Celerity Security Panel – 02/20
DAVID TAYLOR [00:00:21] Hello and welcome to security panel brought to you by Celerity. My name is David Taylor. And today we’re gonna be talking about Cloud security. I’m lucky today to have another Celerity man, Mr. Ed Yates, who is our Cloud technical architect. Welcome Ed.
EDWARD YATES [00:00:34] Hi, hi. Thanks, David. Yeah. My name’s Eddie Yates. I’ve been with Celerity for a while. I am in a technical architect. Secifically focussed around a multi-cloud, hybrid cloud-cloud in general. And before we get into the show, I just thought it’d be worth giving you my kind of definition or view on what cloud is it’s got different meanings to different people, right? So to me, it’s not a place. It’s not a thing. It’s not a technology. It’s a consumption model. It’s a way of delivering I.T. and consuming I.T. Hopefully we’ll get a bit of a feel for that, as we discuss it today. And that is a lot of why plaque businesses and customers are looking into cloud.
DAVID TAYLOR [00:01:16] Great, thanks. So cloud gets thrown around a lot, especially with everyone talking about digital transformation. But tell me a bit about why cloud now is such an integral part of a company’s I.T. strategy.
EDWARD YATES [00:01:27] Absolutely. It’s a new way of doing things. So I think a lot of businesses, companies do when I look into it. Understand what it can offer. There’s the less interesting element of what it can offer, which, you know, maybe the cost areas there. There may be cost savings that they want to gain from it. They might want to free up resources. People might want to do new things, explore new technologies. And the cloud will when will enable the guys to do that. So every business, I think, should be considering cloud whether it’s for them. They’ll find out during the journey.
DAVID TAYLOR [00:02:04] Great. Is cloud the right fit for every company?
EDWARD YATES [00:02:08] So I think areas of the Cloud are a right fit for pretty much every company. There’s hundreds of services out there that the cloud can deliver. Some companies might find a lot of those services fit their business model. Other companies might find that cloud can just deliver a small subset of that. It depends on what their drivers are for looking at the cloud or go into the cloud. What kind of data sets they have, what their business does, how their team is currently positioned, where they are in their lifecycle. New businesses might have more reason to adopt a cloud than established businesses that already have a lot of I.T. skills in-house. But absolutely everybody should consider the cloud before deciding whether it’s the right way to go.
DAVID TAYLOR [00:02:52] Great. So everyone is considering it and what are the business benefits that cloud can bring to companies?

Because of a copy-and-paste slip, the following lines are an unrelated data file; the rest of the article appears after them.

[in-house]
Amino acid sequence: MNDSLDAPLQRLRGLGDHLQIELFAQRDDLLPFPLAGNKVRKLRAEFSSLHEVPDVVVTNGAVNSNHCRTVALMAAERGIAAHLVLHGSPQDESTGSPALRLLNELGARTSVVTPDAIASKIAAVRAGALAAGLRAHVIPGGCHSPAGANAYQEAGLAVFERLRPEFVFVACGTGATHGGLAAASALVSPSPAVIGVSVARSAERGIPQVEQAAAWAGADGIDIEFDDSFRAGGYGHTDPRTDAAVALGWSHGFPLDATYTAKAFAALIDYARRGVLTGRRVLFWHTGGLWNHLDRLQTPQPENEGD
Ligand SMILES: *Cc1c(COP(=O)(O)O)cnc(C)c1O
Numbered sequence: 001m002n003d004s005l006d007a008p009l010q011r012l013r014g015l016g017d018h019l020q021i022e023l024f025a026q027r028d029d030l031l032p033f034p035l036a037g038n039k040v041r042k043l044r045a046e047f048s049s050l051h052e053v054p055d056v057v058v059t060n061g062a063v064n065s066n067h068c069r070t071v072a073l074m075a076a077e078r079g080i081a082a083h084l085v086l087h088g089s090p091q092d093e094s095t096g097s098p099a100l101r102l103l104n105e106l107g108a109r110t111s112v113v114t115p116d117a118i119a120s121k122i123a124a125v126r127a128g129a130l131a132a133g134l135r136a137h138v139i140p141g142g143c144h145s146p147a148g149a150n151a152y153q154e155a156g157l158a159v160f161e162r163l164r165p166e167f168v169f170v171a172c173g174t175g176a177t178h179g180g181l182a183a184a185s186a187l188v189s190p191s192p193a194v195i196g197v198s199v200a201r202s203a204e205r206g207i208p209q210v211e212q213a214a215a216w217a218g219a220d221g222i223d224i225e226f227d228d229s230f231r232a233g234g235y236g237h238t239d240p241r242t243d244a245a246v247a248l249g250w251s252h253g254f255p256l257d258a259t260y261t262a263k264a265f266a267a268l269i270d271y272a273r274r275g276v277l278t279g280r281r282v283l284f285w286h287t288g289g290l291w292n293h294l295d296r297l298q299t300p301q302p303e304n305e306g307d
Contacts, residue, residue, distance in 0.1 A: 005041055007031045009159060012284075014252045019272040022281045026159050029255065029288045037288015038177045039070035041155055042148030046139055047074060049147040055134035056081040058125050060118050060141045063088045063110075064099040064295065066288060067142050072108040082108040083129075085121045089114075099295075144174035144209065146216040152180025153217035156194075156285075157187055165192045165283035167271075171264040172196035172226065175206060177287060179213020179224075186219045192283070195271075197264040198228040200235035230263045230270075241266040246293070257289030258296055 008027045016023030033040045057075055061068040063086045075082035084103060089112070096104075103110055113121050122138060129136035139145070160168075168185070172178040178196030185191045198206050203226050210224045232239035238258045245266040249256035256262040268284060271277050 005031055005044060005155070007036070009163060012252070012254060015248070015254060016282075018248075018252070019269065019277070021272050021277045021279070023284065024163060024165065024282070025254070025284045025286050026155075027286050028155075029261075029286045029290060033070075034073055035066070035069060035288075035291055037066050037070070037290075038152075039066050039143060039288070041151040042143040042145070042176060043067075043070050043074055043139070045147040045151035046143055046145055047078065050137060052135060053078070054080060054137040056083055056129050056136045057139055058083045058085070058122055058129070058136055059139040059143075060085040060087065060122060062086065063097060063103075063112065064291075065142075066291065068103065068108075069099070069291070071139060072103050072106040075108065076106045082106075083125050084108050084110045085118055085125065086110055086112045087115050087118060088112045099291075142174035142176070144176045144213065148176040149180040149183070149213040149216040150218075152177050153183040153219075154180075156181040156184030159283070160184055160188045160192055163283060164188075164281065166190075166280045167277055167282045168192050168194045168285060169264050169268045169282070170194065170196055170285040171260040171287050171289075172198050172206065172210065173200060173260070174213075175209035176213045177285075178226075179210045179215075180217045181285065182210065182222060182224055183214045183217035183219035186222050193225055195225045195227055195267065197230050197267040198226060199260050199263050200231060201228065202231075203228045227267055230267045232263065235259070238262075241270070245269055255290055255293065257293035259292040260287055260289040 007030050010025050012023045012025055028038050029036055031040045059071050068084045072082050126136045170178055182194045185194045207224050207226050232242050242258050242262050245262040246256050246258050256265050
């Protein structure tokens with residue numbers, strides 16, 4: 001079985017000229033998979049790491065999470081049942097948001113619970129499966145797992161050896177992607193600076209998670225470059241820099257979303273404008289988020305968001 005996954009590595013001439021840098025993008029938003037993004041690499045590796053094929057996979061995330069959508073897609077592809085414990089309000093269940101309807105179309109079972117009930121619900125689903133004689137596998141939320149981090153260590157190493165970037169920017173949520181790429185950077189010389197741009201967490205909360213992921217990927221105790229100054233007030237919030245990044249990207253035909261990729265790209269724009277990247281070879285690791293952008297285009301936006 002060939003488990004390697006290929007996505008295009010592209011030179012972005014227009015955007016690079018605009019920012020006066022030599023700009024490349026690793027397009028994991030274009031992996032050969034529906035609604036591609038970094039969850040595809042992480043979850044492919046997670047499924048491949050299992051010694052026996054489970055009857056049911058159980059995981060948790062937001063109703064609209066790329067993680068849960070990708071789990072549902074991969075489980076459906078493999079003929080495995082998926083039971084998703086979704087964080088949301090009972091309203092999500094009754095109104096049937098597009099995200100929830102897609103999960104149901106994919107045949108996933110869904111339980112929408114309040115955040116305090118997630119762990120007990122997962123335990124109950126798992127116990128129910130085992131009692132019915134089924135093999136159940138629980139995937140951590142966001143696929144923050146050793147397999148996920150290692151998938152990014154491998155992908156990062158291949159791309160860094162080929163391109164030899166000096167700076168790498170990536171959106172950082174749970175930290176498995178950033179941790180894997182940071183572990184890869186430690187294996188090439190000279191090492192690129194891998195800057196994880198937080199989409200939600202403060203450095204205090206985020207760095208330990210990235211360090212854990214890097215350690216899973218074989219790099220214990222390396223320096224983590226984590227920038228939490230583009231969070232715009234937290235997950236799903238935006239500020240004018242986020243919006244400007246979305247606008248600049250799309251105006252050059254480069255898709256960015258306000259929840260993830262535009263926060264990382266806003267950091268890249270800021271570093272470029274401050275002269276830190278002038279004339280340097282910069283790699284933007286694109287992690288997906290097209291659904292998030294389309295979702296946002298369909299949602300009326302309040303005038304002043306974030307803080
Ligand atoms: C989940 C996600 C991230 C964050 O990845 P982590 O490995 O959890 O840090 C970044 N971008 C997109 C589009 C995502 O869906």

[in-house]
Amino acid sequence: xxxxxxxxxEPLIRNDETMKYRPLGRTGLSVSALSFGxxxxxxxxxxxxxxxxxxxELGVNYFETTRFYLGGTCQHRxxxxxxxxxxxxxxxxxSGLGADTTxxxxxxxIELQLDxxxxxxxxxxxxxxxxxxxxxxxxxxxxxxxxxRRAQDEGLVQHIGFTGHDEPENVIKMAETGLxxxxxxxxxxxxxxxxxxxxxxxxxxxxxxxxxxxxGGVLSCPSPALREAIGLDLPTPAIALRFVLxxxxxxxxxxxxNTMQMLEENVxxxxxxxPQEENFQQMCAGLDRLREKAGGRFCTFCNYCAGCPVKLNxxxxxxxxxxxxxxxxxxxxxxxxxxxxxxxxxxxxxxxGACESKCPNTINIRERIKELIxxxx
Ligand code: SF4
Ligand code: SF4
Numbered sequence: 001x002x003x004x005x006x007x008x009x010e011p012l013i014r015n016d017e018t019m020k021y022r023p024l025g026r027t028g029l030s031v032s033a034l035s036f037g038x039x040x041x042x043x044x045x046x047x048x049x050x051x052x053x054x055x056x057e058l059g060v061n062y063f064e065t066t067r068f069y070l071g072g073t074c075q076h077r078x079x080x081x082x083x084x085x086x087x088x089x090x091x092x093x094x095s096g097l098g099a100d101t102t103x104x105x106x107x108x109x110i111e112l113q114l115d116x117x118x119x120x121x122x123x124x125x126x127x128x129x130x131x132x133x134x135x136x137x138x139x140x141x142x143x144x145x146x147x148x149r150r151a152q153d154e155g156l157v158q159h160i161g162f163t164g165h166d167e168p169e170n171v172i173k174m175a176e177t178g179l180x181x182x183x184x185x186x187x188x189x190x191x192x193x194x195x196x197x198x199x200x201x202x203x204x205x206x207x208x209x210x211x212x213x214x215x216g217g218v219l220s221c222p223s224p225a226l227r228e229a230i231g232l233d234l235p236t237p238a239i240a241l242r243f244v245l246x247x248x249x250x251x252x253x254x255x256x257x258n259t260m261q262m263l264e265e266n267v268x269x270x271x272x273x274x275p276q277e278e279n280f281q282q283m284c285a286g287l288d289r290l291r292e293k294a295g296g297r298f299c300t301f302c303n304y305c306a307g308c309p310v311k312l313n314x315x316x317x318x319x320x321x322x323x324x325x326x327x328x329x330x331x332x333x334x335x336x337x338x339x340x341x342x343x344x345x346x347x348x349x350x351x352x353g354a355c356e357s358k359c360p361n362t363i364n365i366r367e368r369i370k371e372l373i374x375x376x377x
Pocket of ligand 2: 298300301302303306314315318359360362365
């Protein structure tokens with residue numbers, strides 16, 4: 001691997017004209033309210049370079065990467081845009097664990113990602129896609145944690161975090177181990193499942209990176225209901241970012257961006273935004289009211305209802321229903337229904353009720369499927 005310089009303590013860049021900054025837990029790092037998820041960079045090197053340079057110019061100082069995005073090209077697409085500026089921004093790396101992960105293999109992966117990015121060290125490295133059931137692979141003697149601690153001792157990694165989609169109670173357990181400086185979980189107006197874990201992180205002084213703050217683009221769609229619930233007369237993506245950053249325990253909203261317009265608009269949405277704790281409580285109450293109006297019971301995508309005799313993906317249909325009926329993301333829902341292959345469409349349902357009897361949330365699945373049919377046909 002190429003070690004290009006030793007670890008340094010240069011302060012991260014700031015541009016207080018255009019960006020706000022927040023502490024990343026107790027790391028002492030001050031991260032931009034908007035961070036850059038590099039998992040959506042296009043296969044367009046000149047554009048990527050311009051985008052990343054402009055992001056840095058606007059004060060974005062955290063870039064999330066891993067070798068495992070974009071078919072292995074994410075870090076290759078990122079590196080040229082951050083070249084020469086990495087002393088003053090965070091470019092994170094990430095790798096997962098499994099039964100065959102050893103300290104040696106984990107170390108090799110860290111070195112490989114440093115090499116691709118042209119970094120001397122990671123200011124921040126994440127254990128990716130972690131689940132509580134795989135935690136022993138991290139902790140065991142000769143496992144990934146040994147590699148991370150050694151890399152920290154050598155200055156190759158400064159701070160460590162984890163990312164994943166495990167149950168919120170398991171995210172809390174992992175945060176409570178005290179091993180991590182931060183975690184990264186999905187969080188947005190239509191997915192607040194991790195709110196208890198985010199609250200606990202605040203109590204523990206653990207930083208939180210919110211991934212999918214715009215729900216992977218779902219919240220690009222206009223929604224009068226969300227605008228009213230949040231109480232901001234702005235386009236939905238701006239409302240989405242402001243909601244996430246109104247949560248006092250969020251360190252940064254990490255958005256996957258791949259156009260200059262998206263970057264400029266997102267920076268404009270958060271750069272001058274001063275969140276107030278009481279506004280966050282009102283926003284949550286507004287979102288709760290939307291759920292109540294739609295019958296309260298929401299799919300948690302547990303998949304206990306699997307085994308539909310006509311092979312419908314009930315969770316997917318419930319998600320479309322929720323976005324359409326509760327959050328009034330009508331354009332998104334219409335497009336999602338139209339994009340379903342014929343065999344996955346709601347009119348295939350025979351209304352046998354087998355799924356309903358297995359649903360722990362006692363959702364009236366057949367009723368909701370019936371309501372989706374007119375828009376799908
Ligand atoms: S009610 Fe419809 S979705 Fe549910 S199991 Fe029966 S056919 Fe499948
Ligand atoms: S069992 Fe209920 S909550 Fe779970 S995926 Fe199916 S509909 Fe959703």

EDWARD YATES [00:02:58] There’s a lot of benefits that cloud can bring to companies. Not all those benefits will apply to all companies. A few of the key ones that I talk about that I see out there. Agility is a key one. So the ability to very quickly deploy new systems or consume I.T. resources, whether that’s in the development, dev ops, testing, things like that, whether it’s to take advantage of new technologies, it’s very quick to log in, get it operating within minutes rather than having to go through traditional procurement cycles of delivery’s and configurations, things that can take weeks, sometimes months. There’s the best ability of the cloud, it’s elastic nature. You don’t have to buy everything you might need upfront to deal with those peaks that you might have over the year. You can use as little of it as you need to. But it will scale to use as much of it as you need to during those busy periods. And it can do that dynamically. It might even do that itself with auto-scaling. So that elastic burst ability is key. We spoke a little bit about the costs, but customer is looking at a more OpEx type model rather than a CapEx model. Having that kind of pay as you go or on-demand consumption and associated costs can fit that business. If they’re looking for cost savings, so closing data centres, reducing their I.T. staff footprint, you know, there the benefits. But there’s other elements as well. There’s bringing new services that would otherwise be out of their reach. So whether that’s things like same for security or business intelligence or artificial intelligence, they might have the budgets to buy that upfront. But it’s something they can very quickly try in the cloud and either say it’s got value or decide it’s not for them. Fail fast, get out the way and you know, there’ll be no further costs. And self-service. You’re not necessarily reliant on the I.T. team to deliver everything. If it’s in the cloud, departmentally managers could potentially go in and provision systems themselves without even having I.T. expertise because it’s all done through a nice self-service managed portal. And it depends where the cloud is. When we talk about cloud, a lot of people might just consider the public cloud. And perhaps that’s where my focus is today. There’s a lot of public… Private clouds out there as well. Complete like clarity where private cloud, where, you know, we can potentially offer a lot of the same things as a big public cloud providers. But we can deliberate perhaps in a more bespoke way. We can also be a little bit flexible in how we do that. And also, even if you’ve got hardware and traditional infrastructure on-premise, your own kits, that can still be an on-premise cloud. You may use it the same way as you do today, or you might tweak it a little bit. So the way you go about delivering I.T. from it changes, but ultimately it’s still in house and a lot of people have a mix of all that. So, you know, hybrid cloud model is very common. Keeping a bit on-premise, using a bit in, you know, out there in the public cloud and how that balances. Very much depends on what you want from the cloud and where your business is at present.